|DimShuffle{1,0} [id C] <TensorType(float64, (None, None))> ''
|Flatten{2} [id D] <TensorType(float64, (None, None))> ''
|DimShuffle{2,0,1} [id E] <TensorType(float64, (None, None, None))> ''
|W1 [id F] <TensorType(float64, (None, None, None))>

HINT: Re-running with most Aesara optimization disabled could give you a back-traces when this node was created. This can be done with by setting the Aesara flags 'optimizer=fast_compile'. If that does not work, Aesara optimization can be disabled with 'optimizer=None'.
```

If the above is not informative enough, by instrumenting the code ever so slightly, we can get Aesara to reveal the exact source of the error.

```# enable on-the-fly graph computations
aesara.config.compute_test_value = 'warn'

...

# Input which will have the shape (5, 10)
x  = at.matrix('x')
# Provide Aesara with a default test-value
x.tag.test_value = np.random.random((5, 10))
```

In the above, we are tagging the symbolic matrix x with a special test value. This allows Aesara to evaluate symbolic expressions on-the-fly (by calling the `perform` method of each op), as they are being defined. Sources of error can thus be identified with much more precision and much earlier in the compilation pipeline. For example, running the above code yields the following error message, which properly identifies line 24 as the culprit.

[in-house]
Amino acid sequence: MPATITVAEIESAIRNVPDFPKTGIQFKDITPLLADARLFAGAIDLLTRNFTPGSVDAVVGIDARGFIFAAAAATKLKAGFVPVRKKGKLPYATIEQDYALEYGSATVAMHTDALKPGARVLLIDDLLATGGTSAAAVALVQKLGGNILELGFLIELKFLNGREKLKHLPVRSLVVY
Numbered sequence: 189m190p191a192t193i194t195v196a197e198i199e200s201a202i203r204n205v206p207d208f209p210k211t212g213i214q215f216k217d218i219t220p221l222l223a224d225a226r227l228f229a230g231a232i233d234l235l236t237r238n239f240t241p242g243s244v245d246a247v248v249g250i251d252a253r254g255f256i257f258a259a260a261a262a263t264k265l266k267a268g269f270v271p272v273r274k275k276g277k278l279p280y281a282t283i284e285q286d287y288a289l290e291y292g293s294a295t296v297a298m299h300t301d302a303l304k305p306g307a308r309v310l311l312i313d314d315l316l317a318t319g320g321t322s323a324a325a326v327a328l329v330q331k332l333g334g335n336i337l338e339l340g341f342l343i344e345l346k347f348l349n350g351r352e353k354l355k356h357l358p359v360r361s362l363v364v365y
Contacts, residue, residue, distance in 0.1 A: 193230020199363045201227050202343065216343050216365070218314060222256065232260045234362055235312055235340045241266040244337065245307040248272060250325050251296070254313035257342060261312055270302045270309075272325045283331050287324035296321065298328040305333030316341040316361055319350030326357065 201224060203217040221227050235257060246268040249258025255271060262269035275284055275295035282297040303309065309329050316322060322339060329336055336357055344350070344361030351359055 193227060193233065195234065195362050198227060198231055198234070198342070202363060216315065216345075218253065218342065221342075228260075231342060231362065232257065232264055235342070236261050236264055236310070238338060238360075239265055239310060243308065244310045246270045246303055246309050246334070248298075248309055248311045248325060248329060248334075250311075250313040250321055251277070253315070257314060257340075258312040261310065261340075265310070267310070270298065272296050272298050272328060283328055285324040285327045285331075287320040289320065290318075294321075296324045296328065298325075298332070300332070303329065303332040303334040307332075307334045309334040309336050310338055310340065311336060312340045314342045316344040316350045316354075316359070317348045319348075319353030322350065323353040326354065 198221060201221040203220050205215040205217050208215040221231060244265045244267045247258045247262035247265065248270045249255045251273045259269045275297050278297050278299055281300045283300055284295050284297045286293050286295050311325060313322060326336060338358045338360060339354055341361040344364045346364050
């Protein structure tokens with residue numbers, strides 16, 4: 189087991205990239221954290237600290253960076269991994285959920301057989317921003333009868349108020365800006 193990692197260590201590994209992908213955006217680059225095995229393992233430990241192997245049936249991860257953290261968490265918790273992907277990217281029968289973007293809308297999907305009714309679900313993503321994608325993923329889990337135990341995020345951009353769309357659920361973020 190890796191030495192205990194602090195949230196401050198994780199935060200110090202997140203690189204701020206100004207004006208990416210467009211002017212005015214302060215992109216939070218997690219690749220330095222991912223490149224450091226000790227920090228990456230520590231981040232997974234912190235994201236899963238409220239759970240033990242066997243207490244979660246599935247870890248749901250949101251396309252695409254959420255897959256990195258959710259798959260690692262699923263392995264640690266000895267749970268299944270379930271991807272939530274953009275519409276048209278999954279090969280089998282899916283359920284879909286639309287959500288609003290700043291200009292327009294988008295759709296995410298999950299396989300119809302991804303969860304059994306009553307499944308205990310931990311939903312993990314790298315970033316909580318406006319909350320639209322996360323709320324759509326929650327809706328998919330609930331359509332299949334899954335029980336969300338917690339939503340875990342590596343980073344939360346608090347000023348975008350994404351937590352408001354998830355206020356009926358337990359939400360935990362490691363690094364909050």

```Traceback (most recent call last):
File "test2.py", line 24, in <module>
h1 = at.dot(x, func_of_W1)
File "PATH_TO_AESARA/aesara/tensor/basic.py", line 4734, in dot
return _dot(a, b)
File "PATH_TO_AESARA/aesara/graph/op.py", line 545, in __call__
required = thunk()
File "PATH_TO_AESARA/aesara/graph/op.py", line 752, in rval
r = p(n, [x[0] for x in i], o)
File "PATH_TO_AESARA/aesara/tensor/basic.py", line 4554, in perform
z[0] = np.asarray(np.dot(x, y))
ValueError: matrices are not aligned
```

The `compute_test_value` mechanism works as follows:

• Aesara `constants` and `shared` variables are used as is. No need to instrument them.
• A Aesara variable (i.e. `dmatrix`, `vector`, etc.) should be given a special test value through the attribute `tag.test_value`.
• Aesara automatically instruments intermediate results. As such, any quantity derived from x will be given a `tag.test_value` automatically.

`compute_test_value` can take the following values:

• `off`: Default behavior. This debugging mechanism is inactive.
• `raise`: Compute test values on the fly. Any variable for which a test value is required, but not provided by the user, is treated as an error. An exception is raised accordingly.
• `warn`: Idem, but a warning is issued instead of an Exception.
• `ignore`: Silently ignore the computation of intermediate test values, if a variable is missing a test value.

Note

This feature is currently incompatible with `Scan` and also with ops which do not implement a `perform` method.